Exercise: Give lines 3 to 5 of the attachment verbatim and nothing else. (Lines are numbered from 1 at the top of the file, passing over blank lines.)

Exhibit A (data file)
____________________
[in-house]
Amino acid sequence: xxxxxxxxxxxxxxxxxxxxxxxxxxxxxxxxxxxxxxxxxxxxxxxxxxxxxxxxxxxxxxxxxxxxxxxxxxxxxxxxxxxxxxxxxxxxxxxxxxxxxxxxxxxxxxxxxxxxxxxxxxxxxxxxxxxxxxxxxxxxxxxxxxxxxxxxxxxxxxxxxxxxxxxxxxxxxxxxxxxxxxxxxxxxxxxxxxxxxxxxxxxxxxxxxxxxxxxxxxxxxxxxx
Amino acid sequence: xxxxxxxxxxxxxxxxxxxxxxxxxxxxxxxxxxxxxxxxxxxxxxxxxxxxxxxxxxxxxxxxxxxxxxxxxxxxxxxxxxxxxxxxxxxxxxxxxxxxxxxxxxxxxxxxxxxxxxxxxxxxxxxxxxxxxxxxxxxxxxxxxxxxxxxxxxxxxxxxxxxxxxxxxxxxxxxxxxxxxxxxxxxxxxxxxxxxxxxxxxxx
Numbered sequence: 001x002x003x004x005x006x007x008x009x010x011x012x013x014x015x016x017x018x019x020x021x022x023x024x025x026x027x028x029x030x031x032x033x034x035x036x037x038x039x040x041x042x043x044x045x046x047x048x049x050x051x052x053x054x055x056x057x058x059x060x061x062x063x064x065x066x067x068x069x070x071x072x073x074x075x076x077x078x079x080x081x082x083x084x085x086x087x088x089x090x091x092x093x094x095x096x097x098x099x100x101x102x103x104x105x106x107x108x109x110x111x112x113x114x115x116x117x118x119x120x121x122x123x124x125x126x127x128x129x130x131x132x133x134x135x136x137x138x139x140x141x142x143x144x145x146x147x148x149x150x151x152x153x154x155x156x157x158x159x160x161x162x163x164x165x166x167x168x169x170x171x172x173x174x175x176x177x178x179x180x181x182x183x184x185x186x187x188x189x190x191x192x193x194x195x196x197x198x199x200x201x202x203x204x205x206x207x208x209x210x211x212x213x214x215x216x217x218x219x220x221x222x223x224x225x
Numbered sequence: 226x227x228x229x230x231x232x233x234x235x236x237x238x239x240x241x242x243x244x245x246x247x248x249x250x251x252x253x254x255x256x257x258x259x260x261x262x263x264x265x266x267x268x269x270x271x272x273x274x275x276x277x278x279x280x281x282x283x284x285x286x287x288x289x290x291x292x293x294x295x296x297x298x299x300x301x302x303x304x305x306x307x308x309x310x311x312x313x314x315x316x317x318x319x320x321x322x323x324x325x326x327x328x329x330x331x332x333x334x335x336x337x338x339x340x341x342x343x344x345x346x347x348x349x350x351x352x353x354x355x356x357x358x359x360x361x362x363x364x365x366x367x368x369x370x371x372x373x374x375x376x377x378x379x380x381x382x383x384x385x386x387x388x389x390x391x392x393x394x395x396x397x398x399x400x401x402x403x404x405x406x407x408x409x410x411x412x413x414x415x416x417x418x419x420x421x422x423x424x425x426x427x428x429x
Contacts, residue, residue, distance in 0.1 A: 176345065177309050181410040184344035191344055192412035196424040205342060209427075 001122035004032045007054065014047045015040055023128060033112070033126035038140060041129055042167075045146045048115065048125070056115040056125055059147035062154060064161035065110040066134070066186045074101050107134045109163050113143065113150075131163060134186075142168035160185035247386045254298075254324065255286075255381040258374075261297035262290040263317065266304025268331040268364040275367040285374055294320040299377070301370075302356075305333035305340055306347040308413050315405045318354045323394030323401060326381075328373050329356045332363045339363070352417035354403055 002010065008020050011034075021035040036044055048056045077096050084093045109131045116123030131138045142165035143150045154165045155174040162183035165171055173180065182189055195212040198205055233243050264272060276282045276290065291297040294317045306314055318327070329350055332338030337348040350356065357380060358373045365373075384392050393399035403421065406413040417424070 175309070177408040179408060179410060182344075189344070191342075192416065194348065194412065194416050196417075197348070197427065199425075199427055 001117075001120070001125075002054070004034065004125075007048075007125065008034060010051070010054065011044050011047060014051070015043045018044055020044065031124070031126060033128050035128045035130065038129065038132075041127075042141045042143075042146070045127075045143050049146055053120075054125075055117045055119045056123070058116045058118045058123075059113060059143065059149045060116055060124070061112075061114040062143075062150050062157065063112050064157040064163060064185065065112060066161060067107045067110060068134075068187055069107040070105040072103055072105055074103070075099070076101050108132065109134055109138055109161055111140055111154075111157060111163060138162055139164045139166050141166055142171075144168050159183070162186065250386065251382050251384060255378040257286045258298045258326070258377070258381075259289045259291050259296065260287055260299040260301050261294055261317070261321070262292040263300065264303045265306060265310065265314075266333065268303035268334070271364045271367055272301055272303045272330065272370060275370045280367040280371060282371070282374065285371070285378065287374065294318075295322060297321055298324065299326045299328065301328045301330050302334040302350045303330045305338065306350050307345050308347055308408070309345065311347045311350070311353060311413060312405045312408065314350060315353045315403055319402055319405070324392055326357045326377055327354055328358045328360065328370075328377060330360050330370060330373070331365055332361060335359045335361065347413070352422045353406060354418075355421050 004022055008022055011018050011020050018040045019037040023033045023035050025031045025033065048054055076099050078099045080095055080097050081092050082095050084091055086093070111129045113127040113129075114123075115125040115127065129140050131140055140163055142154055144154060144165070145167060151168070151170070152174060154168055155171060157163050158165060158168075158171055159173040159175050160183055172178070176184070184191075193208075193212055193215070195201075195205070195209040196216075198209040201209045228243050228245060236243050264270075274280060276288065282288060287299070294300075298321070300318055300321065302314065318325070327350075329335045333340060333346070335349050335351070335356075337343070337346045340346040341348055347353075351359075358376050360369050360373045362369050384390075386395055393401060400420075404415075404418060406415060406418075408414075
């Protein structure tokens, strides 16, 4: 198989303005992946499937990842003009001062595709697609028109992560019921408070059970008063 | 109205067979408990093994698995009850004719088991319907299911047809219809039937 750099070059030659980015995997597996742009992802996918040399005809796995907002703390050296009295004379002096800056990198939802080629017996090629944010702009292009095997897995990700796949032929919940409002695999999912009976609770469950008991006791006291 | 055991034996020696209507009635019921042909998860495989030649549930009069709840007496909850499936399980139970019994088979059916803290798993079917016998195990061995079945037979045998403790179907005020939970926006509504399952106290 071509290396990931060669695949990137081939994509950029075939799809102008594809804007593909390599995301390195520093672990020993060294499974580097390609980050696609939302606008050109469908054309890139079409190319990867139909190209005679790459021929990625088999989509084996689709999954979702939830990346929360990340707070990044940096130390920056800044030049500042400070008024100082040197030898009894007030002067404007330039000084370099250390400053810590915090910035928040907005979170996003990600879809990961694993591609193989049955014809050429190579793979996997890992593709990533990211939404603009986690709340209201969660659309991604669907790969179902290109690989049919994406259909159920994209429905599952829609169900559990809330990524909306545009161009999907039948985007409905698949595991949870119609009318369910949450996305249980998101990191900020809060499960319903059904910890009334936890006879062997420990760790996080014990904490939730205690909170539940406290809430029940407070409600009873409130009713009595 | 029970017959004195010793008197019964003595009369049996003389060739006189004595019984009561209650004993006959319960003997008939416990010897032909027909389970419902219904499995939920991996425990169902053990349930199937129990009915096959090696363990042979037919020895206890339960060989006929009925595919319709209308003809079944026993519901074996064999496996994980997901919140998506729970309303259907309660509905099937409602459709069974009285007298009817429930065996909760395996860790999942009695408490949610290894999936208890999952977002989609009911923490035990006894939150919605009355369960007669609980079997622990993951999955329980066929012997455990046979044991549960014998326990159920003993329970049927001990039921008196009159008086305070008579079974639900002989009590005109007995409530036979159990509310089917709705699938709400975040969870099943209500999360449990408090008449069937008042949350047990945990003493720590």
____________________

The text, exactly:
Amino acid sequence: xxxxxxxxxxxxxxxxxxxxxxxxxxxxxxxxxxxxxxxxxxxxxxxxxxxxxxxxxxxxxxxxxxxxxxxxxxxxxxxxxxxxxxxxxxxxxxxxxxxxxxxxxxxxxxxxxxxxxxxxxxxxxxxxxxxxxxxxxxxxxxxxxxxxxxxxxxxxxxxxxxxxxxxxxxxxxxxxxxxxxxxxxxxxxxxxxxxxxxxxxxxx
Numbered sequence: 001x002x003x004x005x006x007x008x009x010x011x012x013x014x015x016x017x018x019x020x021x022x023x024x025x026x027x028x029x030x031x032x033x034x035x036x037x038x039x040x041x042x043x044x045x046x047x048x049x050x051x052x053x054x055x056x057x058x059x060x061x062x063x064x065x066x067x068x069x070x071x072x073x074x075x076x077x078x079x080x081x082x083x084x085x086x087x088x089x090x091x092x093x094x095x096x097x098x099x100x101x102x103x104x105x106x107x108x109x110x111x112x113x114x115x116x117x118x119x120x121x122x123x124x125x126x127x128x129x130x131x132x133x134x135x136x137x138x139x140x141x142x143x144x145x146x147x148x149x150x151x152x153x154x155x156x157x158x159x160x161x162x163x164x165x166x167x168x169x170x171x172x173x174x175x176x177x178x179x180x181x182x183x184x185x186x187x188x189x190x191x192x193x194x195x196x197x198x199x200x201x202x203x204x205x206x207x208x209x210x211x212x213x214x215x216x217x218x219x220x221x222x223x224x225x
Numbered sequence: 226x227x228x229x230x231x232x233x234x235x236x237x238x239x240x241x242x243x244x245x246x247x248x249x250x251x252x253x254x255x256x257x258x259x260x261x262x263x264x265x266x267x268x269x270x271x272x273x274x275x276x277x278x279x280x281x282x283x284x285x286x287x288x289x290x291x292x293x294x295x296x297x298x299x300x301x302x303x304x305x306x307x308x309x310x311x312x313x314x315x316x317x318x319x320x321x322x323x324x325x326x327x328x329x330x331x332x333x334x335x336x337x338x339x340x341x342x343x344x345x346x347x348x349x350x351x352x353x354x355x356x357x358x359x360x361x362x363x364x365x366x367x368x369x370x371x372x373x374x375x376x377x378x379x380x381x382x383x384x385x386x387x388x389x390x391x392x393x394x395x396x397x398x399x400x401x402x403x404x405x406x407x408x409x410x411x412x413x414x415x416x417x418x419x420x421x422x423x424x425x426x427x428x429x